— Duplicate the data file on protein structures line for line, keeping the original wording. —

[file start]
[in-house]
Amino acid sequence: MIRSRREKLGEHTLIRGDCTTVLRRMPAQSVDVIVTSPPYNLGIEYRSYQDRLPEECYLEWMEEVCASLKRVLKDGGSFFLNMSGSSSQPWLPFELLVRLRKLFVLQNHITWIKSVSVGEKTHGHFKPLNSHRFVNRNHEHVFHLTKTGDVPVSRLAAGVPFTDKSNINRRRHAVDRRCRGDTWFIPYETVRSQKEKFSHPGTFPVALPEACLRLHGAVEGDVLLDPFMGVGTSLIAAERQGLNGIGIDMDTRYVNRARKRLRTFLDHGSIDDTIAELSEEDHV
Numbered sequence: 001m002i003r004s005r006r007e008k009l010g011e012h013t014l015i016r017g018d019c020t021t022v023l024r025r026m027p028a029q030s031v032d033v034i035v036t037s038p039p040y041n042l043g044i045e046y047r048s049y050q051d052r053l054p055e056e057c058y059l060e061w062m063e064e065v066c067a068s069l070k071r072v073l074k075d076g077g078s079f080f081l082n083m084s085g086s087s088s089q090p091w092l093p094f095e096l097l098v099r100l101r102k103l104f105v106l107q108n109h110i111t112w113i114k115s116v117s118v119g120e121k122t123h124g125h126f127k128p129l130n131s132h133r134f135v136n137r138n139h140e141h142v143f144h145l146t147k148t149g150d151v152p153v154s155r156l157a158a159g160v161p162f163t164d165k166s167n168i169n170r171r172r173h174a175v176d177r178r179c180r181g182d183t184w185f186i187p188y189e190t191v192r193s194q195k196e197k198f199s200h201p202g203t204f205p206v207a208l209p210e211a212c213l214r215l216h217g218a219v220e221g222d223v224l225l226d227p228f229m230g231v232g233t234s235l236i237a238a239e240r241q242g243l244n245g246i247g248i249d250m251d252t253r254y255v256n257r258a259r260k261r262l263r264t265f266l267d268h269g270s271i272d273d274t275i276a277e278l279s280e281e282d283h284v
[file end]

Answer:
[in-house]
Amino acid sequence: MIRSRREKLGEHTLIRGDCTTVLRRMPAQSVDVIVTSPPYNLGIEYRSYQDRLPEECYLEWMEEVCASLKRVLKDGGSFFLNMSGSSSQPWLPFELLVRLRKLFVLQNHITWIKSVSVGEKTHGHFKPLNSHRFVNRNHEHVFHLTKTGDVPVSRLAAGVPFTDKSNINRRRHAVDRRCRGDTWFIPYETVRSQKEKFSHPGTFPVALPEACLRLHGAVEGDVLLDPFMGVGTSLIAAERQGLNGIGIDMDTRYVNRARKRLRTFLDHGSIDDTIAELSEEDHV
Numbered sequence: 001m002i003r004s005r006r007e008k009l010g011e012h013t014l015i016r017g018d019c020t021t022v023l024r025r026m027p028a029q030s031v032d033v034i035v036t037s038p039p040y041n042l043g044i045e046y047r048s049y050q051d052r053l054p055e056e057c058y059l060e061w062m063e064e065v066c067a068s069l070k071r072v073l074k075d076g077g078s079f080f081l082n083m084s085g086s087s088s089q090p091w092l093p094f095e096l097l098v099r100l101r102k103l104f105v106l107q108n109h110i111t112w113i114k115s116v117s118v119g120e121k122t123h124g125h126f127k128p129l130n131s132h133r134f135v136n137r138n139h140e141h142v143f144h145l146t147k148t149g150d151v152p153v154s155r156l157a158a159g160v161p162f163t164d165k166s167n168i169n170r171r172r173h174a175v176d177r178r179c180r181g182d183t184w185f186i187p188y189e190t191v192r193s194q195k196e197k198f199s200h201p202g203t204f205p206v207a208l209p210e211a212c213l214r215l216h217g218a219v220e221g222d223v224l225l226d227p228f229m230g231v232g233t234s235l236i237a238a239e240r241q242g243l244n245g246i247g248i249d250m251d252t253r254y255v256n257r258a259r260k261r262l263r264t265f266l267d268h269g270s271i272d273d274t275i276a277e278l279s280e281e282d283h284v